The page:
Each individual comparison produces the expected result, but still the ordering is wrong. For all teh world it looks like sort is making mistakes :)

    At this point I ran out of ideas, so I throw it over to the monks to point out my mis deliberate error?


    Examine what is said, not who speaks -- Silence betokens consent -- Love the truth but pardon error.
    "Science is about questioning the status quo. Questioning authority".
    In the absence of evidence, opinion is indistinguishable from prejudice.
      It populates an array with the dates; sorts the indices of the array, by the (ascending) values of the dates indexed; then adds one to the ordered indices to produce your "ranking value".

      But the 'ranking value' is really the date itself: the earliest date is 'first place', the latest date is 'fourth place' (in the OPed example data). It's necessary to convert each date, at some point, into its 'place' from 1 to n.

      Once the ordered dates have been converted to place values, they have to be restored to the original order of the 'players' Jim .. Jack for printing.

        Duh! Of course. Thanks.

        Once I've sorted the indices by the dates, in order to rank them; I need to sort the indices by that ranking to get them back into the original order:

        #! perl -slw use warnings; use strict; use Data::Dumper; use Date::Manip; print scalar <DATA>; while (<DATA>) { chomp; my @dates = split '~'; my $label = shift @dates; my @order = sort{ Date_Cmp( $dates[ $a ], $dates[ $b ] ); } 0 .. $#dates; print join "\t", $label, map $_+1, sort{ $order[ $a ] <=> $order[ $b ] } 0..$#order; } __DATA__ EVENT JIM BOB SAM JACK PTRED~09/29/10 03:23:05 PM ~09/28/10 02:21:09 PM ~09/26/10 11:00:03 AM + ~09/27/10 09:33:41 PM RED~08/29/10 01:55:00 AM ~08/30/09 12:10:10 PM ~08/27/10 08:16:21 PM ~ +09/01/10 12:12:12 AM INT~07/04/10 03:21:15 AM ~07/08/10 04:17:33 PM ~06/30/10 04:22:11 AM ~ +06/28/10 10:11:01 PM PTRED~06/19/10 09:19:55 PM ~04/25/10 07:39:22 PM ~09/16/10 10:34:24 AM + ~07/22/10 06:19:38 PM RED~04/29/10 12:10:59 AM ~04/20/10 02:13:33 AM ~07/17/10 01:00:05 PM ~ +09/01/10 11:10:15 PM INT~05/23/10 11:11:11 PM ~01/08/10 10:45:12 PM ~05/15/09 03:29:37 AM ~ +05/18/09 12:59:59 PM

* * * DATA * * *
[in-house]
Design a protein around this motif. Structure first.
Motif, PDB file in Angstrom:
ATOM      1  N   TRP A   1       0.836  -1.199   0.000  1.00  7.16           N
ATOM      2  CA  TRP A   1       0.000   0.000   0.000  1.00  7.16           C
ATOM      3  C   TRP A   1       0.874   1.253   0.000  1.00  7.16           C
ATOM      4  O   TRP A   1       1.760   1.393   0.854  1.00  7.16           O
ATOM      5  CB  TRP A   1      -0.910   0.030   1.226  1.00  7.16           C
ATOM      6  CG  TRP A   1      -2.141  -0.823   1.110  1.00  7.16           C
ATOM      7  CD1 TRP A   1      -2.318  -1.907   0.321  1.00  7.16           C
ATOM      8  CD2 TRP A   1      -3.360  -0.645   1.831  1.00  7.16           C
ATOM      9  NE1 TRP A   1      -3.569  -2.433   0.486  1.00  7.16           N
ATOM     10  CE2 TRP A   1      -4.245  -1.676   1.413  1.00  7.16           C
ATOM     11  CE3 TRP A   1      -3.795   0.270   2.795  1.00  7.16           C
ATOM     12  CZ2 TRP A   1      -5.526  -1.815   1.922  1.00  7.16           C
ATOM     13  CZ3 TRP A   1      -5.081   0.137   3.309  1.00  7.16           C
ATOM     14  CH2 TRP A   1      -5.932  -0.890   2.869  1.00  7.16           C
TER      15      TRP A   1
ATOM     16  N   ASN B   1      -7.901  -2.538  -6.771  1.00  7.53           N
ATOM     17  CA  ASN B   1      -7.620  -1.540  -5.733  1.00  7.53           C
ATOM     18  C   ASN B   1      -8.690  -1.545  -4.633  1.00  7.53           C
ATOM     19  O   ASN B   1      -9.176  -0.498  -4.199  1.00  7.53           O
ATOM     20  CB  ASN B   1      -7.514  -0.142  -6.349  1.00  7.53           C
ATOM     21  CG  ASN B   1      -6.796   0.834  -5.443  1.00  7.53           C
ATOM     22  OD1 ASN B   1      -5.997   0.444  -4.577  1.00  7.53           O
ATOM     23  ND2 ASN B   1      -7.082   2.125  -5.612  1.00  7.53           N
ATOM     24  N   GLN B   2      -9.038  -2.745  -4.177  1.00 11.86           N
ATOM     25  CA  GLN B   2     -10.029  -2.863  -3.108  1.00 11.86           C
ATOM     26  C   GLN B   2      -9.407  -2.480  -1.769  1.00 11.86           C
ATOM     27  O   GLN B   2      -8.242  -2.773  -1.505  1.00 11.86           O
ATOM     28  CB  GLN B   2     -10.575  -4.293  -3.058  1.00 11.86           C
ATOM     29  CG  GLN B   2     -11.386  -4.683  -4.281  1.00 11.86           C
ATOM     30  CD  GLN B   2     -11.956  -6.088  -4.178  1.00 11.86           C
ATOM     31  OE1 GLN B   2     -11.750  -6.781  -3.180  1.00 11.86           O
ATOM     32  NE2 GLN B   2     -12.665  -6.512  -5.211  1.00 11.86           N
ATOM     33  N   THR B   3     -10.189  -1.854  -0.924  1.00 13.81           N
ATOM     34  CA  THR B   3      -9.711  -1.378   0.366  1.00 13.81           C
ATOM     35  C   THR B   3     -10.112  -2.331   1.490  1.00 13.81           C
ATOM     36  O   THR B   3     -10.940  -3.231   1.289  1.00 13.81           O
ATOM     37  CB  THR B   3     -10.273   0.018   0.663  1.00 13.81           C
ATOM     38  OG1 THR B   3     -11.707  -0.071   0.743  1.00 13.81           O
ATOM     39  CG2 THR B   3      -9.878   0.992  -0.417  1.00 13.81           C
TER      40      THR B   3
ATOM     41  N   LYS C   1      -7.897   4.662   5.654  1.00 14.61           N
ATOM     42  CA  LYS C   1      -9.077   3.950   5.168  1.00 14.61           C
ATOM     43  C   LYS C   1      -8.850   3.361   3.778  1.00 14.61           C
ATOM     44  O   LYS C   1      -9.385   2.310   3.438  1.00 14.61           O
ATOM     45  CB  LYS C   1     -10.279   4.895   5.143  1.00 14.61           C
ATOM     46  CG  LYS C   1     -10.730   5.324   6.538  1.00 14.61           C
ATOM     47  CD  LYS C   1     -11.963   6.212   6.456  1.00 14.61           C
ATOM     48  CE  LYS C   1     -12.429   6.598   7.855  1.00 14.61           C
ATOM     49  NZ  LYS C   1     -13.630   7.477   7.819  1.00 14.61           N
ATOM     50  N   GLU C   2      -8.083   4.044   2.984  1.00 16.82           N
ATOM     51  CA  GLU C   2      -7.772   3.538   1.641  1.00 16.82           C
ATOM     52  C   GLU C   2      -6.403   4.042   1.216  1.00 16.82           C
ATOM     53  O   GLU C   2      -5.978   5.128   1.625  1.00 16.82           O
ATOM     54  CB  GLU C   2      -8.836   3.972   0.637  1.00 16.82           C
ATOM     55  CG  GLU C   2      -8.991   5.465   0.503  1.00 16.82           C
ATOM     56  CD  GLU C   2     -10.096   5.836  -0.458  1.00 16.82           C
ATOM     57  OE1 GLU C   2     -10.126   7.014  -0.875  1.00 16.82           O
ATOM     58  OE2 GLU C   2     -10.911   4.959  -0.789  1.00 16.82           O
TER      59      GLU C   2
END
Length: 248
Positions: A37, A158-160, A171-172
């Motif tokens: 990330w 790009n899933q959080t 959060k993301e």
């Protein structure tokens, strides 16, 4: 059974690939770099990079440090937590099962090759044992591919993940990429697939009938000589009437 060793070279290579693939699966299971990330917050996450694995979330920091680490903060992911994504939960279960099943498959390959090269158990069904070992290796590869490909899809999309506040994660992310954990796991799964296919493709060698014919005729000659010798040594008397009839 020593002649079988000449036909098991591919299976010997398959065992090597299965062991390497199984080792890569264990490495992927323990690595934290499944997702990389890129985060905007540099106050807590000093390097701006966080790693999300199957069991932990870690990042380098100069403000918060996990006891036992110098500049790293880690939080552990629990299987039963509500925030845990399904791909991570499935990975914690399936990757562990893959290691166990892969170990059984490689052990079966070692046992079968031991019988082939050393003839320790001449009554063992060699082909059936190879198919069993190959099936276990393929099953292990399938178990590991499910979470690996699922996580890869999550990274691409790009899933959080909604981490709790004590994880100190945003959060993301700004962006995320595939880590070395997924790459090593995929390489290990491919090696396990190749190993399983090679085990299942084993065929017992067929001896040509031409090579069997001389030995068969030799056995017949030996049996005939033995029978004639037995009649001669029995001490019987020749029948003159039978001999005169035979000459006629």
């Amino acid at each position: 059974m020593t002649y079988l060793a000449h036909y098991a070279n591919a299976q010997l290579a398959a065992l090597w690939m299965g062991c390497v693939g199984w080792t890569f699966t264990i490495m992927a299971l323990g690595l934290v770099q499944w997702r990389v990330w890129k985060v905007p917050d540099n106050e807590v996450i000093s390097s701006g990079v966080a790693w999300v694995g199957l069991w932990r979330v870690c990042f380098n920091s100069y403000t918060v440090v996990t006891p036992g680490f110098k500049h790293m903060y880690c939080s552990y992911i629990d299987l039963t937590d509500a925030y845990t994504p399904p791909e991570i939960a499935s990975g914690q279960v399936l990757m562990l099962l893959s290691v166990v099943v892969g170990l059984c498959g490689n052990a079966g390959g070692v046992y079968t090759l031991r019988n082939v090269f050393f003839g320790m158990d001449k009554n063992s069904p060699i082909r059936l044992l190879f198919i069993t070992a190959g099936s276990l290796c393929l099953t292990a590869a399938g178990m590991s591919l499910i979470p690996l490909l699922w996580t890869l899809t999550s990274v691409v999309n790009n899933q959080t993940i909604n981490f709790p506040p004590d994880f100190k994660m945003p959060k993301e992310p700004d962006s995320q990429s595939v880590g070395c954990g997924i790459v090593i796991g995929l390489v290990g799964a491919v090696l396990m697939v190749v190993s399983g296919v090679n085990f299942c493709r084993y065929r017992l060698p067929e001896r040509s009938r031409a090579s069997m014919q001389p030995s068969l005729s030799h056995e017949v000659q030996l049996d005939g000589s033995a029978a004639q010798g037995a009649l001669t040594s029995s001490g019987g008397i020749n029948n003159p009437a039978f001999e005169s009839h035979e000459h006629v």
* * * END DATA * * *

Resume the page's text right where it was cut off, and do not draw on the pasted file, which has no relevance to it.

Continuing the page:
Produces:

        c:\test>junk51 EVENT JIM BOB SAM JACK PTRED 4 3 1 2 RED 3 1 2 4 INT 3 4 2 1 PTRED 2 1 4 3 RED 2 1 3 4 INT 4 3 1 2

        Examine what is said, not who speaks -- Silence betokens consent -- Love the truth but pardon error.
        "Science is about questioning the status quo. Questioning authority".
        In the absence of evidence, opinion is indistinguishable from prejudice.